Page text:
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Today in Black History, 10/12/2013

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• October 12, 1882 John Preston “Pete” Hill, hall of fame Negro league baseball player and manager, was born in Culpeper, Virginia. Hill played in the Negro leagues from 1899 to 1925 and was considered the most important member of three of the most talented teams to ever play. He was also considered the most consistent hitter of his time, retiring with a career batting average of .326. From 1919 to 1921, Hill was player/manager of the Detroit Stars. His final position in professional baseball was as field manager for the Baltimore Black Sox. In 1930, Hill moved to Buffalo, New York to work as a railroad porter. He died December 19, 1951. Hill was posthumously inducted into the Baseball Hall of Fame in 2006.

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Today in Black History, 10/11/2013

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• October 11, 1887 Alexander Miles received patent number 371,207 for his invention of the automatic elevator door mechanism. Miles was born in Ohio in January, 1837. Prior to his invention, the opening and closing of the doors of both the shaft and elevator had to be done manually. Sometimes people would neglect to close the door and people would fall down the elevator shaft. This potential danger led to Miles’ invention which is still used around the world today. By 1900, Miles had moved to Chicago, Illinois where he started an insurance agency for Black people. By this time, Miles was considered “the wealthiest colored man in the Northwest”. Miles died sometime after 1905 and in 2007 was posthumously inducted into the National Inventors Hall of Fame.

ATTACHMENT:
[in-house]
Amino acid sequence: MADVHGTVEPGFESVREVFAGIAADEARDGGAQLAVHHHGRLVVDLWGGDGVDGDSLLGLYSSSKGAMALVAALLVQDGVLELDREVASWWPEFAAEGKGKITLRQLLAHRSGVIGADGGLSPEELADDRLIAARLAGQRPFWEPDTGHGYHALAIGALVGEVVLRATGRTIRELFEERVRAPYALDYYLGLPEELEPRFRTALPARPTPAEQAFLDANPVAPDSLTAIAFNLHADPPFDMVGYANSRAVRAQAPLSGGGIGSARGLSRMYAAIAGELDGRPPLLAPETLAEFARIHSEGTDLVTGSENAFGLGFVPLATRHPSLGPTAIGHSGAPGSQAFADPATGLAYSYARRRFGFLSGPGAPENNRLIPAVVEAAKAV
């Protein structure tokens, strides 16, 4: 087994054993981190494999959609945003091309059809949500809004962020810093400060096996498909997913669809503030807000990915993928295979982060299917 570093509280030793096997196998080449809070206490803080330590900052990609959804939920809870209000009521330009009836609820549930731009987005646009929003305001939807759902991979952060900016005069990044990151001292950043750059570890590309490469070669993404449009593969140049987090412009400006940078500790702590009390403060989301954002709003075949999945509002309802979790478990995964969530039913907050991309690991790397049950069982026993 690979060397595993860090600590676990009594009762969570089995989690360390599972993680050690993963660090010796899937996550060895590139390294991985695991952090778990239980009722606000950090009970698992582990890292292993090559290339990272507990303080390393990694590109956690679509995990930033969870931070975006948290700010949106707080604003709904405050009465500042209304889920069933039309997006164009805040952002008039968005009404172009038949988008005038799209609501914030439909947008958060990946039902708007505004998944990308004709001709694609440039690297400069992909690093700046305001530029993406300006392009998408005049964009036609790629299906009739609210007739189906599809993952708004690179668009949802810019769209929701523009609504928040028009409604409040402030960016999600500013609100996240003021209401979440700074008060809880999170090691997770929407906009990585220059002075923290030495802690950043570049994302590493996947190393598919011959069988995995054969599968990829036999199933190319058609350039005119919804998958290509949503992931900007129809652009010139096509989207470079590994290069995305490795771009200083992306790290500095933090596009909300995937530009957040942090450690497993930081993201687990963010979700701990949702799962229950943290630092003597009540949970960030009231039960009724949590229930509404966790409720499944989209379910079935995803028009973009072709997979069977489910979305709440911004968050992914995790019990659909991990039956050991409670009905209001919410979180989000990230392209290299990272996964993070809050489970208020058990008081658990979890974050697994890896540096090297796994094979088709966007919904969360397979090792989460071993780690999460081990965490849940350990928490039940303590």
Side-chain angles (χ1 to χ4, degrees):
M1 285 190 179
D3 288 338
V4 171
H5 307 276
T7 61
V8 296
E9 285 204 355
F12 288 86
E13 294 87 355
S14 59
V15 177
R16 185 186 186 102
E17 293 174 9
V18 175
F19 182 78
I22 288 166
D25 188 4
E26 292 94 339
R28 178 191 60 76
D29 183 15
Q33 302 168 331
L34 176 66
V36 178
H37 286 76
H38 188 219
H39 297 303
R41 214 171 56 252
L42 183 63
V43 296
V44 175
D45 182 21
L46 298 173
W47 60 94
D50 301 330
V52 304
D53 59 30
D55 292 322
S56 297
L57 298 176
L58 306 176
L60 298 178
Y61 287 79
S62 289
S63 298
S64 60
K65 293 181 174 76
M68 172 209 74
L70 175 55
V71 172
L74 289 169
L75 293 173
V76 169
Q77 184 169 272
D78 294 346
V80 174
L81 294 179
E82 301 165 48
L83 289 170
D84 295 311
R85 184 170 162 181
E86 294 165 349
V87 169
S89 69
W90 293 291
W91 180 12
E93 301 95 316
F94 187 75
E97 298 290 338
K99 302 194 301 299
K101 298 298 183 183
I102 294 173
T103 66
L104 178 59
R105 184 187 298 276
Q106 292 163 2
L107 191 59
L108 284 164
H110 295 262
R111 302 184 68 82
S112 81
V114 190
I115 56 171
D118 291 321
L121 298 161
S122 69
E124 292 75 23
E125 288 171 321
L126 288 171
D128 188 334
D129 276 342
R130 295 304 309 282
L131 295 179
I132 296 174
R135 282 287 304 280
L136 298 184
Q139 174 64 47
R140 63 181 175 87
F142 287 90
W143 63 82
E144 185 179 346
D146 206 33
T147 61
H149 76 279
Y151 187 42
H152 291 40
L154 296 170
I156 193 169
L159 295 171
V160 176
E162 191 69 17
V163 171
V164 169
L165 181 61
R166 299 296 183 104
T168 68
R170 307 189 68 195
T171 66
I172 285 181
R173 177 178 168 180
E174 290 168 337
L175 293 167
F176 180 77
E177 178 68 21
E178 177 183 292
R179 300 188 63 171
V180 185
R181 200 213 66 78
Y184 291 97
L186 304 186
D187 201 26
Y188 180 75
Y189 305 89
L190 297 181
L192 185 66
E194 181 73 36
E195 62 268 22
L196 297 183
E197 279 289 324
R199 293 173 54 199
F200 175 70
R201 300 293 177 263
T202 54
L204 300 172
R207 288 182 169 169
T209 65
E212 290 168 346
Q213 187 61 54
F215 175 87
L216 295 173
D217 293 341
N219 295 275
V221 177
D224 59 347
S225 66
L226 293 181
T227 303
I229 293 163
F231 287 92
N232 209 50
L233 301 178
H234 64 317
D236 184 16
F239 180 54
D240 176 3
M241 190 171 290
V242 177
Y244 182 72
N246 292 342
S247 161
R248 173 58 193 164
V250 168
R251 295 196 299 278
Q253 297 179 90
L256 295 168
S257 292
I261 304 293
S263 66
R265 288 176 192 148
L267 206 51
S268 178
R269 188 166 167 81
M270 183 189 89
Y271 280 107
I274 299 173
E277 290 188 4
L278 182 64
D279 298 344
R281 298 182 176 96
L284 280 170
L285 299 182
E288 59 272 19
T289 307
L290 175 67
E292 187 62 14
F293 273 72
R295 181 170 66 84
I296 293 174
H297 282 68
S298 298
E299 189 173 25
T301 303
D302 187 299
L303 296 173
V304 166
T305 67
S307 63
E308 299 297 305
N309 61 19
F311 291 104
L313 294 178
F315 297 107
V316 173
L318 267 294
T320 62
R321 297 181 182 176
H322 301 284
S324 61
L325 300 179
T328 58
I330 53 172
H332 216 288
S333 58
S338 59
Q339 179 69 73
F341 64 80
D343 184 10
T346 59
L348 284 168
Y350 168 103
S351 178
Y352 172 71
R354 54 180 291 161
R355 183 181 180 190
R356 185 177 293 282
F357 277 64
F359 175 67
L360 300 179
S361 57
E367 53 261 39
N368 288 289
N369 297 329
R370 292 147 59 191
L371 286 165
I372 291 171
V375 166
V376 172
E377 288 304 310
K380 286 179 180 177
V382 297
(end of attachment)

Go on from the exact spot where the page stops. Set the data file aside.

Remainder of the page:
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Today in Black History, 10/10/2013

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• October 10, 1800 Gabriel (also known as Gabriel Prosser) was executed for planning a large slave rebellion in the Richmond, Virginia area in the summer of 1800. Gabriel was born enslaved around 1776 in Henrico County, Virginia. He was taught to read and write and worked as a blacksmith. Prior to executing the planned revolt, Gabriel was betrayed and eventually captured, put on trial, and hung with his two brothers and 23 other enslaved men. In reaction to the planned rebellion, Virginia and other states passed restrictions on free Black people and prohibited the education, assembly, and hiring out of enslaved people in order to restrict their chances to learn and plan similar rebellions. In 2002, the City of Richmond passed a resolution in honor of Gabriel and in 2007 the Governor of Virginia gave Gabriel and his followers an informal pardon in recognition that their cause “the end of slavery and the furtherance of equality for people has prevailed in the light of history “. “Gabriel’s Rebellion: The Virginia Slave Conspiracies of 1800 & 1802” was published in 1993.

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Today in Black History, 10/9/2013